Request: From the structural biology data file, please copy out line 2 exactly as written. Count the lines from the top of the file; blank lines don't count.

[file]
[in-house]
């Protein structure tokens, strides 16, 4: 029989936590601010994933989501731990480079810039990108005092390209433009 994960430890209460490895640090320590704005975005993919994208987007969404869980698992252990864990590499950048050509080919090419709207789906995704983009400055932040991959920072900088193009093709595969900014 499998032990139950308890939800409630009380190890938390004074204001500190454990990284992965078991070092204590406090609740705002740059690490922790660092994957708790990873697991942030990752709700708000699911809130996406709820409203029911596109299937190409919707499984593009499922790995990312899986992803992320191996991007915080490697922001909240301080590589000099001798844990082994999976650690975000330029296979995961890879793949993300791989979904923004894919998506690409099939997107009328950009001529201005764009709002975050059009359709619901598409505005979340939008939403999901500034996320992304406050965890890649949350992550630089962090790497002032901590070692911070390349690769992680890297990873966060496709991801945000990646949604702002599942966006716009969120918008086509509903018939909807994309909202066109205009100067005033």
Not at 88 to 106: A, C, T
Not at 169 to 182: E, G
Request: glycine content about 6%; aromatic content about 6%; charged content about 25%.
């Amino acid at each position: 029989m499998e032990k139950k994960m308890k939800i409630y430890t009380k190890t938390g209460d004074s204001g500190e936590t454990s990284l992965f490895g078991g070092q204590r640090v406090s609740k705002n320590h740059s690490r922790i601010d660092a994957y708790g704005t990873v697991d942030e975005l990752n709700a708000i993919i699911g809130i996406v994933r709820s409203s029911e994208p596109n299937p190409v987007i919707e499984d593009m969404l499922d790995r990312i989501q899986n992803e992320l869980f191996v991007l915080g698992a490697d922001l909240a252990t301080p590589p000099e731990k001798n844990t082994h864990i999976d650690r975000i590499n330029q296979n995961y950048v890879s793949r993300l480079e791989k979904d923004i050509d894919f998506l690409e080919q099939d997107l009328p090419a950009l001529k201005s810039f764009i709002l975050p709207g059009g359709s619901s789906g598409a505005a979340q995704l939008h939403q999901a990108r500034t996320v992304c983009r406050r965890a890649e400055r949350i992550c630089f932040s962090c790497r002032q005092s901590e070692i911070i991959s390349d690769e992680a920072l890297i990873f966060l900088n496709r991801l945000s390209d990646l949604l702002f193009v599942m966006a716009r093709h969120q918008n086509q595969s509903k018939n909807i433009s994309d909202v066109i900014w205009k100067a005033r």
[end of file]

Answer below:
């Protein structure tokens, strides 16, 4: 029989936590601010994933989501731990480079810039990108005092390209433009 994960430890209460490895640090320590704005975005993919994208987007969404869980698992252990864990590499950048050509080919090419709207789906995704983009400055932040991959920072900088193009093709595969900014 499998032990139950308890939800409630009380190890938390004074204001500190454990990284992965078991070092204590406090609740705002740059690490922790660092994957708790990873697991942030990752709700708000699911809130996406709820409203029911596109299937190409919707499984593009499922790995990312899986992803992320191996991007915080490697922001909240301080590589000099001798844990082994999976650690975000330029296979995961890879793949993300791989979904923004894919998506690409099939997107009328950009001529201005764009709002975050059009359709619901598409505005979340939008939403999901500034996320992304406050965890890649949350992550630089962090790497002032901590070692911070390349690769992680890297990873966060496709991801945000990646949604702002599942966006716009969120918008086509509903018939909807994309909202066109205009100067005033």